Lost in the talk about the Phils biggest fall to date is the struggles of Chase Utley. Michael Radano of the Courier Post had a quote from Charlie Manuel about his best hitter’s problems.
“That’s part of the game. Good hitters hit slumps … It’s noticed a lot, especially when you go two or three games and don’t get a hit. He’ll be OK. I’ll put my money on Utley.”
This is the second known time this season Utley has gone through a slump, but really, since early June he’s been in a wide-angle slide. Since June 3 his average has plummeted from .325 to a now season-low .287. His on-base percentage is at a season-low .370, and his slugging percentage is also at its worst, at .566.
Not that Utley is a big walker, but since June 4, Utley has walked just 13 times. He has struck out 29 times in that span.
Looking deeper, his current stats suggest he’s hitting more fly balls than ever (0.73 GB/FB ratio, compared to 0.89 career). His batting average of balls in play is .288, which is way down from his career .324 (and his 2007 .368). This suggests he’s just hitting balls right to fielders. He’s not hitting the ball on the barrel. His timing seems off.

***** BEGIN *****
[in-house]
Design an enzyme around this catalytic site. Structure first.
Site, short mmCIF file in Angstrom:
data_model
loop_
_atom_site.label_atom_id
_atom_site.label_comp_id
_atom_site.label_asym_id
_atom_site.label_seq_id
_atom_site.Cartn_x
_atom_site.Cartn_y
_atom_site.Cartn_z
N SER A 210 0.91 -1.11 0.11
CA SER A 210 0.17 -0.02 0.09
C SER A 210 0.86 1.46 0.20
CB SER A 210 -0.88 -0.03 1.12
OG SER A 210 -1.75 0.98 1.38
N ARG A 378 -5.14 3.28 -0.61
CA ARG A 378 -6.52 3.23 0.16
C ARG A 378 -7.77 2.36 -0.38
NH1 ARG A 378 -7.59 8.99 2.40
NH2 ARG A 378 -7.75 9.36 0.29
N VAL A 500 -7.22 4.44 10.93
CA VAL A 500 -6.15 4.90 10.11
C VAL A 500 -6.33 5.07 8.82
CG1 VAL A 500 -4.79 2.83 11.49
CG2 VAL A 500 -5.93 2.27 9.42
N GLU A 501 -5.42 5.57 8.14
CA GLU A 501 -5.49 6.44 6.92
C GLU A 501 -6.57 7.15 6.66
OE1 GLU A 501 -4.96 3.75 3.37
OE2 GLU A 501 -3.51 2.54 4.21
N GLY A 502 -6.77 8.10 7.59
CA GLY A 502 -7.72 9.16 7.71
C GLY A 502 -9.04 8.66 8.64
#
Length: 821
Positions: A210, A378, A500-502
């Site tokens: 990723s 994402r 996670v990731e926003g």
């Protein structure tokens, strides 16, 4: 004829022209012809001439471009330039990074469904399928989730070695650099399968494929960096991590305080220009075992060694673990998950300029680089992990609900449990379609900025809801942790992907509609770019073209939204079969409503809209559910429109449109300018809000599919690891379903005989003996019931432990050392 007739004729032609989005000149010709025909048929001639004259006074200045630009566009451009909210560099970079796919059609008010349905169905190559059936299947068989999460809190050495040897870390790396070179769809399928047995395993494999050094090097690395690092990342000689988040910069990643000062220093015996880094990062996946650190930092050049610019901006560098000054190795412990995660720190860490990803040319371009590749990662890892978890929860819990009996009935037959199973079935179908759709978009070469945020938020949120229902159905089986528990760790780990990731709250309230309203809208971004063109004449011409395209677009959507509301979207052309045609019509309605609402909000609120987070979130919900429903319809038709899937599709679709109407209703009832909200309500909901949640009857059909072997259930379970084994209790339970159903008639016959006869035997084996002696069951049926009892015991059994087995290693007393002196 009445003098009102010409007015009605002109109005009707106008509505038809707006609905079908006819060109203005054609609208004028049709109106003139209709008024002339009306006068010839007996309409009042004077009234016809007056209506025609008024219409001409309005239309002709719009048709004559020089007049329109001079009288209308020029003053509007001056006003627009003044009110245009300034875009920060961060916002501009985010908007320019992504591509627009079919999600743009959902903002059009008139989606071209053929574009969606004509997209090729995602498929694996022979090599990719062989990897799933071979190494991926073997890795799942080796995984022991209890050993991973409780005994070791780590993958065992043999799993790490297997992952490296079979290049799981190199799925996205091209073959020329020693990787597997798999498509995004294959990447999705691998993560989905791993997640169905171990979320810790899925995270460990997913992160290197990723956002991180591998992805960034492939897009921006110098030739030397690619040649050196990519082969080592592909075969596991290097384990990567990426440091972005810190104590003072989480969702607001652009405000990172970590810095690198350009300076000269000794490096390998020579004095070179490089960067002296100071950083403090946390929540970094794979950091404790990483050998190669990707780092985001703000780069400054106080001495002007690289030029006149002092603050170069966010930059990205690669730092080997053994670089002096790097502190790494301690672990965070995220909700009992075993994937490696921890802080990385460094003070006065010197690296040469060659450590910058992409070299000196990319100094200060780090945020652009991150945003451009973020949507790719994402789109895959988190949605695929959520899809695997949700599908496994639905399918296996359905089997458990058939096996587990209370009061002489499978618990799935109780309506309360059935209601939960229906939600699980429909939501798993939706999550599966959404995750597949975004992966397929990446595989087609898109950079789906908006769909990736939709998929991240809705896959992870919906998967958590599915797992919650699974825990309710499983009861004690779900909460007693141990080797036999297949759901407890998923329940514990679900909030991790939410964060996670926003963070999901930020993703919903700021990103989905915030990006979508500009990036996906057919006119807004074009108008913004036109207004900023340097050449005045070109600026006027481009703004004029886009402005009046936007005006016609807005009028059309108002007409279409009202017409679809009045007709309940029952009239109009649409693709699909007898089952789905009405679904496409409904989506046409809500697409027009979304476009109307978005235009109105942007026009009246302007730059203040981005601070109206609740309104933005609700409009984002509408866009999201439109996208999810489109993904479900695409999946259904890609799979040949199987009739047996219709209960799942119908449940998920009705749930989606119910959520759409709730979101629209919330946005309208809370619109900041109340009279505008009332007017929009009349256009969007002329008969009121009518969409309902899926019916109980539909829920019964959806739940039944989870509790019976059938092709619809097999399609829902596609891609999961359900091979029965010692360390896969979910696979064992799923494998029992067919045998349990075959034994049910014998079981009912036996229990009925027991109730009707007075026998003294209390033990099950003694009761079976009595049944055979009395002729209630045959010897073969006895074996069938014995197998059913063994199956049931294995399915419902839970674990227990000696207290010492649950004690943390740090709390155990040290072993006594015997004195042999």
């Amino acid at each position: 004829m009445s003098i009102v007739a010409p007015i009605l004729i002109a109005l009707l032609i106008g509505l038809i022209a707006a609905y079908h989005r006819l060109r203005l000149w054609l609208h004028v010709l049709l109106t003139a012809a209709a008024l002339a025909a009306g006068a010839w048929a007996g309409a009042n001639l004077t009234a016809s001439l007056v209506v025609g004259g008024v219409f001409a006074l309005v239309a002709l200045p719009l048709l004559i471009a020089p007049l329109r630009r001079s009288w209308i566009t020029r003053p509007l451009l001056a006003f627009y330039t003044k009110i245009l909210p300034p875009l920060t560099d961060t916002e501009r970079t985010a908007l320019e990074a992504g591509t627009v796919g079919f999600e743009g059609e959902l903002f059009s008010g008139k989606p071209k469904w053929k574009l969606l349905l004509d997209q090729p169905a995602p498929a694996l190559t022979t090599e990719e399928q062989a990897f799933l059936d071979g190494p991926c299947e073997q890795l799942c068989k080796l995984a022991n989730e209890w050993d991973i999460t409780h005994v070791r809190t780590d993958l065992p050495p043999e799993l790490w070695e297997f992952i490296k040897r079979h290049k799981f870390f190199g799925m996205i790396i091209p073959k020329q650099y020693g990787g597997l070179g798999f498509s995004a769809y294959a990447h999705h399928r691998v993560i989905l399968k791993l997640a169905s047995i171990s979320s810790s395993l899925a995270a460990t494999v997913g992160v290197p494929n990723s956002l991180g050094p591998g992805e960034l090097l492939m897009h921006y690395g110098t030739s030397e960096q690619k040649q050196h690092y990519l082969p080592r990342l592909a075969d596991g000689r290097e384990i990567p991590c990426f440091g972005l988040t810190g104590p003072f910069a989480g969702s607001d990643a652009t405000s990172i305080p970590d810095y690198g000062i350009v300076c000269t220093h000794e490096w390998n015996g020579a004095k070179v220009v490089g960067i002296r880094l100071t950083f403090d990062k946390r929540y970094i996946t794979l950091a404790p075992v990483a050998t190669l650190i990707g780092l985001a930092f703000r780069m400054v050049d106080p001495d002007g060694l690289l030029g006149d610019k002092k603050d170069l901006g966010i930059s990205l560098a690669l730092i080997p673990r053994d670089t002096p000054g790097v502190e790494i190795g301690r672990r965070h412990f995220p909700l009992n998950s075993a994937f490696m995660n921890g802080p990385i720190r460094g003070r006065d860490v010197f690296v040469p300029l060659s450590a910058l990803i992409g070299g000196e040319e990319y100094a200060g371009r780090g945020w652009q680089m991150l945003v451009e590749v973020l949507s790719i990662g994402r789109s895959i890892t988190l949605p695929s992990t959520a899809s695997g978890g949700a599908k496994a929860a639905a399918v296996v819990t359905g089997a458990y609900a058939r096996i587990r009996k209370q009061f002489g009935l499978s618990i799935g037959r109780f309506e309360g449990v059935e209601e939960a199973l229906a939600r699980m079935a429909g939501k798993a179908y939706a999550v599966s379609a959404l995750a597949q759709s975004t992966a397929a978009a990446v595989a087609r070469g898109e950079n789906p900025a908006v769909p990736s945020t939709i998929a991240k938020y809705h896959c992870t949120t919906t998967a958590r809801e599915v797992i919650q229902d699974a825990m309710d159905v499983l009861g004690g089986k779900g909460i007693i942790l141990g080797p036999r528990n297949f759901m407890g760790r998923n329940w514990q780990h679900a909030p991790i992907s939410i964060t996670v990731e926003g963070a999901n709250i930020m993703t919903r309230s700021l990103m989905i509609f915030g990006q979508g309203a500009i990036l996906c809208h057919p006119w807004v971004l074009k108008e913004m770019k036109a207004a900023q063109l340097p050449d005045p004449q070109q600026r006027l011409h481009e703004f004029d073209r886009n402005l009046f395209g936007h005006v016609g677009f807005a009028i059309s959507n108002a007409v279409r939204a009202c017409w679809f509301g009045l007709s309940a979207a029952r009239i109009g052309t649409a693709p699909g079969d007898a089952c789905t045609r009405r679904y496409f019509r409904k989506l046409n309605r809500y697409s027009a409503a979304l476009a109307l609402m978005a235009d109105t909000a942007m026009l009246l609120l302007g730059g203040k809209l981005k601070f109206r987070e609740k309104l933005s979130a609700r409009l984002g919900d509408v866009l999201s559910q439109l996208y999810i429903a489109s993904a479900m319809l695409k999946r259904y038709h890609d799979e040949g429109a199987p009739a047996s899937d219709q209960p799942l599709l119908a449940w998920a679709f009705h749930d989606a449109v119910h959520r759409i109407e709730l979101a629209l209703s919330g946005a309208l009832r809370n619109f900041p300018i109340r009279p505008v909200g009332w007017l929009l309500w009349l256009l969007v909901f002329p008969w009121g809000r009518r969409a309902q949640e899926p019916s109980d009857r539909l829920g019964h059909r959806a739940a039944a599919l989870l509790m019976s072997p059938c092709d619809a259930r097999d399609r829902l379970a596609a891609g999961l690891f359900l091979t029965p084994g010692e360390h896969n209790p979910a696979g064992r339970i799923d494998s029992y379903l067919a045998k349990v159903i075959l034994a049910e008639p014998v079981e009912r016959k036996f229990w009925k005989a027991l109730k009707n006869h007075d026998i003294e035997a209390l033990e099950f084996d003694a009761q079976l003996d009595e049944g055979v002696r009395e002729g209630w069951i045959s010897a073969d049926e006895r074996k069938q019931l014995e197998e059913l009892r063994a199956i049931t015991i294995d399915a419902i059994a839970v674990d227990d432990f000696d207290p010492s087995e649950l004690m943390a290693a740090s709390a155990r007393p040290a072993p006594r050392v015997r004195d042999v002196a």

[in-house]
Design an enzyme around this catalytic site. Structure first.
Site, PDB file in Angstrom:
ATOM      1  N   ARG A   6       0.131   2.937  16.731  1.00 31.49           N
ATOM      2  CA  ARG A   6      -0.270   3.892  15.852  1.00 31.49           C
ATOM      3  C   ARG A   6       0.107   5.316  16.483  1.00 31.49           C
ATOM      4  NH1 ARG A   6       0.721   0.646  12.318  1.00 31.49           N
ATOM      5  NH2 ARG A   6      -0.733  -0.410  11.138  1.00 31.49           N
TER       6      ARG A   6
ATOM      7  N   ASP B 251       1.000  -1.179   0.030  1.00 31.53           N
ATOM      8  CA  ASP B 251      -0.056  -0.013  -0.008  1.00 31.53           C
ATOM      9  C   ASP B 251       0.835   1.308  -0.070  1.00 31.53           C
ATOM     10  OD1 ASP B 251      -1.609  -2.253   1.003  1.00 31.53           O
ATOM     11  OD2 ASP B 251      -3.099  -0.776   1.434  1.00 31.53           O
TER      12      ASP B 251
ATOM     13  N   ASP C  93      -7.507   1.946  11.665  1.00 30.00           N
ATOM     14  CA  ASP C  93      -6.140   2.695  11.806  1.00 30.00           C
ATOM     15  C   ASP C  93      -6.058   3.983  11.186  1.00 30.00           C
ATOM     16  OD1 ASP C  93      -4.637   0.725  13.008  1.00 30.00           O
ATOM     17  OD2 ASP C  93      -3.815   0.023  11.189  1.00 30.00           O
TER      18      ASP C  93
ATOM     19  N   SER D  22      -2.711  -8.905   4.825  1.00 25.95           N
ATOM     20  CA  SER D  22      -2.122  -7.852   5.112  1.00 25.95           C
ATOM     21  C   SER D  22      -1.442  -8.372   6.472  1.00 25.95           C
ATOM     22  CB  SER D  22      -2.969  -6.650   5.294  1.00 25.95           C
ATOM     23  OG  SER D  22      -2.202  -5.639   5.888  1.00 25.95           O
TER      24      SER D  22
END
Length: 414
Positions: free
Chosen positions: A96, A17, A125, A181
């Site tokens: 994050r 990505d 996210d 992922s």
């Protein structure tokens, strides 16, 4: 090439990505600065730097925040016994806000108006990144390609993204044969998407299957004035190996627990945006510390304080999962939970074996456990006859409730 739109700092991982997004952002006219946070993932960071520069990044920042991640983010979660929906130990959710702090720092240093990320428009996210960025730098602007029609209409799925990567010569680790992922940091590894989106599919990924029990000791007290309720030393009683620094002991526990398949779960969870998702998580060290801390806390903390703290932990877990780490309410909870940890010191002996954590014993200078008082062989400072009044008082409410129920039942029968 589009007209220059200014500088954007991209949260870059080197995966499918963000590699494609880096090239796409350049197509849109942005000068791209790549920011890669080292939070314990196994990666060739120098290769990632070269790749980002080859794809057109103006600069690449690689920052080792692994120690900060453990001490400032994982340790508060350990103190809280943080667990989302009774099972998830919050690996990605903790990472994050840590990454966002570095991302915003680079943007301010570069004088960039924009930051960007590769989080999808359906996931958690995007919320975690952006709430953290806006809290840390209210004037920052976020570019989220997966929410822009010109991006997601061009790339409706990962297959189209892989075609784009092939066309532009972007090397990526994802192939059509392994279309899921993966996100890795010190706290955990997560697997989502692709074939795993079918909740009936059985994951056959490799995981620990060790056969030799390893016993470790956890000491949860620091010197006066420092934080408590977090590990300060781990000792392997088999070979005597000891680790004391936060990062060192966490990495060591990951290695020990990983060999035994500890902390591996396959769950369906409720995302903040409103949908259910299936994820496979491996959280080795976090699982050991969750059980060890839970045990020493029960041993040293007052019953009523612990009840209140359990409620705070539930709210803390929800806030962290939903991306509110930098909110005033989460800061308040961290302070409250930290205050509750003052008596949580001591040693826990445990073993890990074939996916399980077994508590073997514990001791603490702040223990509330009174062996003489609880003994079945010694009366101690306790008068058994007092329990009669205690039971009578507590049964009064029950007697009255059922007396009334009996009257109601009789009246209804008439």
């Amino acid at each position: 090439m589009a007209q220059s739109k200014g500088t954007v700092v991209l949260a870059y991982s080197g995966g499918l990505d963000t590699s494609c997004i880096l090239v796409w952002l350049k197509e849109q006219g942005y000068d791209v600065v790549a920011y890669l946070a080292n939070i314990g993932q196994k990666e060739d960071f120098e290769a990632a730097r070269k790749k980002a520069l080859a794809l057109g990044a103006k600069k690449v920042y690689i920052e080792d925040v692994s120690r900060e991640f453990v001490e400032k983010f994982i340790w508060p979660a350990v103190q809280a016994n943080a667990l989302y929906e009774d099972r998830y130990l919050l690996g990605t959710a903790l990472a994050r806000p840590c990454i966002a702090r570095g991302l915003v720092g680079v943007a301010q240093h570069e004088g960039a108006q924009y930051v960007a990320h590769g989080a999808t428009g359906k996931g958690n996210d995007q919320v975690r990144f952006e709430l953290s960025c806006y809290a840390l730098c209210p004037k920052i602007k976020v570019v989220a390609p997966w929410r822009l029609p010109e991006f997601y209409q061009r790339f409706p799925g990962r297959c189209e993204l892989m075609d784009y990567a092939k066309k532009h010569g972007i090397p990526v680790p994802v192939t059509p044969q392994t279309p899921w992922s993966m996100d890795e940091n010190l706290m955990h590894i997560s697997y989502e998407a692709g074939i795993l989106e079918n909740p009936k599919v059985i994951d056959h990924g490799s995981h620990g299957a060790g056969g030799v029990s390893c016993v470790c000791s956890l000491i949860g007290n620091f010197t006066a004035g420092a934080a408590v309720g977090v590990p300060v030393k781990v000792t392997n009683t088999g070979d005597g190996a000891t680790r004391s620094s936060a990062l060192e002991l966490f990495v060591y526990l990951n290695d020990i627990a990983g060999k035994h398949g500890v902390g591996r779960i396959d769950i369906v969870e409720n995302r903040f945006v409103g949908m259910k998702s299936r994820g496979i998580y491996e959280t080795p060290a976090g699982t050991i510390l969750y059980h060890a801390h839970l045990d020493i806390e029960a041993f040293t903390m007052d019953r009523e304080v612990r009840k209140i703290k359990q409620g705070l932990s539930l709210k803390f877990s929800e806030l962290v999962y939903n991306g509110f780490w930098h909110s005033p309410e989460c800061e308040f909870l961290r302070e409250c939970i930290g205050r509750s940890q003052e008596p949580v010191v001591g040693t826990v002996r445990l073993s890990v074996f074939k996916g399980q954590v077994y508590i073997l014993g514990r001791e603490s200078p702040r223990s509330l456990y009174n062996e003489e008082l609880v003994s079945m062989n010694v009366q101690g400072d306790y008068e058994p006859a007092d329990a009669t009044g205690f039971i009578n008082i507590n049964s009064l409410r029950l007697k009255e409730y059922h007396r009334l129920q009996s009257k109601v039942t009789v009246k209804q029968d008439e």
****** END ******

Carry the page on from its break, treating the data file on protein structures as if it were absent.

Interestingly, this slide started at almost the same time the New York Times published a piece on Utley’s then-MVP season. A telling quote from stud Cincinnati pitcher Edinson Volquez undermined the piece:
â€œUtley, I think this is a little hole heâ€™s got right now, changeups inside. He can hit fastball down and in. Fastball away, heâ€™s going to kill you. I have a good changeup. I just use my changeup.â€
Could it be that Volquez’ quote rang throughout baseball? That he’s getting more changeups inside? Or is it Utley’s problem, that he’s just a little lost, that he’ll balance back out into a .300 hitter?
Whatever it is, the Phillies desperately need Utley to perform much better if they’re going to have a shot down the stretch.